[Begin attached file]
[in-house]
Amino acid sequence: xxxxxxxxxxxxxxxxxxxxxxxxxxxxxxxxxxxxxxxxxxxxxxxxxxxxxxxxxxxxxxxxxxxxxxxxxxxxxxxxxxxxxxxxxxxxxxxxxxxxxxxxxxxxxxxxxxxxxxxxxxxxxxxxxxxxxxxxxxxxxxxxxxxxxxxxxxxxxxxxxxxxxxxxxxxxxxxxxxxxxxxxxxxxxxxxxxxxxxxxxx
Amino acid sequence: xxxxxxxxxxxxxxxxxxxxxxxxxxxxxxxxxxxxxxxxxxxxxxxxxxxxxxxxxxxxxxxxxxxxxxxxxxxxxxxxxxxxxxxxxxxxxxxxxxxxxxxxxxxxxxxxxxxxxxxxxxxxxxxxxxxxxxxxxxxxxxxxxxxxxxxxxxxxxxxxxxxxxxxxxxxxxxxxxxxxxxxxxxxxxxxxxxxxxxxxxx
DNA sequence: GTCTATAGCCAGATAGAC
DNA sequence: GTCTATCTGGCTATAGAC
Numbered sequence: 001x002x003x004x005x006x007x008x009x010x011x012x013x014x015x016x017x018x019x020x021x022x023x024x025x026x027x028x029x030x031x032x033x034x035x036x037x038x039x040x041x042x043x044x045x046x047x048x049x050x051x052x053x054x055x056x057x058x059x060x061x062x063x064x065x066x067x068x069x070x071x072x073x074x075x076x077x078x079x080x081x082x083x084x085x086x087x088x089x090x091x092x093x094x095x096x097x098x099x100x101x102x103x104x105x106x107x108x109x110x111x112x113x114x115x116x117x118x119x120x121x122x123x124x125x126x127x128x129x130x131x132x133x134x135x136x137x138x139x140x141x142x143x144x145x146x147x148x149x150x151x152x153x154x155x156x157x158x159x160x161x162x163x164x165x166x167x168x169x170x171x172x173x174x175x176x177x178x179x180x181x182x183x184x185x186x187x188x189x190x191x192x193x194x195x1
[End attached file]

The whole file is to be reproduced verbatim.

[in-house]
Amino acid sequence: xxxxxxxxxxxxxxxxxxxxxxxxxxxxxxxxxxxxxxxxxxxxxxxxxxxxxxxxxxxxxxxxxxxxxxxxxxxxxxxxxxxxxxxxxxxxxxxxxxxxxxxxxxxxxxxxxxxxxxxxxxxxxxxxxxxxxxxxxxxxxxxxxxxxxxxxxxxxxxxxxxxxxxxxxxxxxxxxxxxxxxxxxxxxxxxxxxxxxxxxxx
Amino acid sequence: xxxxxxxxxxxxxxxxxxxxxxxxxxxxxxxxxxxxxxxxxxxxxxxxxxxxxxxxxxxxxxxxxxxxxxxxxxxxxxxxxxxxxxxxxxxxxxxxxxxxxxxxxxxxxxxxxxxxxxxxxxxxxxxxxxxxxxxxxxxxxxxxxxxxxxxxxxxxxxxxxxxxxxxxxxxxxxxxxxxxxxxxxxxxxxxxxxxxxxxxxx
DNA sequence: GTCTATAGCCAGATAGAC
DNA sequence: GTCTATCTGGCTATAGAC
Numbered sequence: 001x002x003x004x005x006x007x008x009x010x011x012x013x014x015x016x017x018x019x020x021x022x023x024x025x026x027x028x029x030x031x032x033x034x035x036x037x038x039x040x041x042x043x044x045x046x047x048x049x050x051x052x053x054x055x056x057x058x059x060x061x062x063x064x065x066x067x068x069x070x071x072x073x074x075x076x077x078x079x080x081x082x083x084x085x086x087x088x089x090x091x092x093x094x095x096x097x098x099x100x101x102x103x104x105x106x107x108x109x110x111x112x113x114x115x116x117x118x119x120x121x122x123x124x125x126x127x128x129x130x131x132x133x134x135x136x137x138x139x140x141x142x143x144x145x146x147x148x149x150x151x152x153x154x155x156x157x158x159x160x161x162x163x164x165x166x167x168x169x170x171x172x173x174x175x176x177x178x179x180x181x182x183x184x185x186x187x188x189x190x191x192x193x194x195x1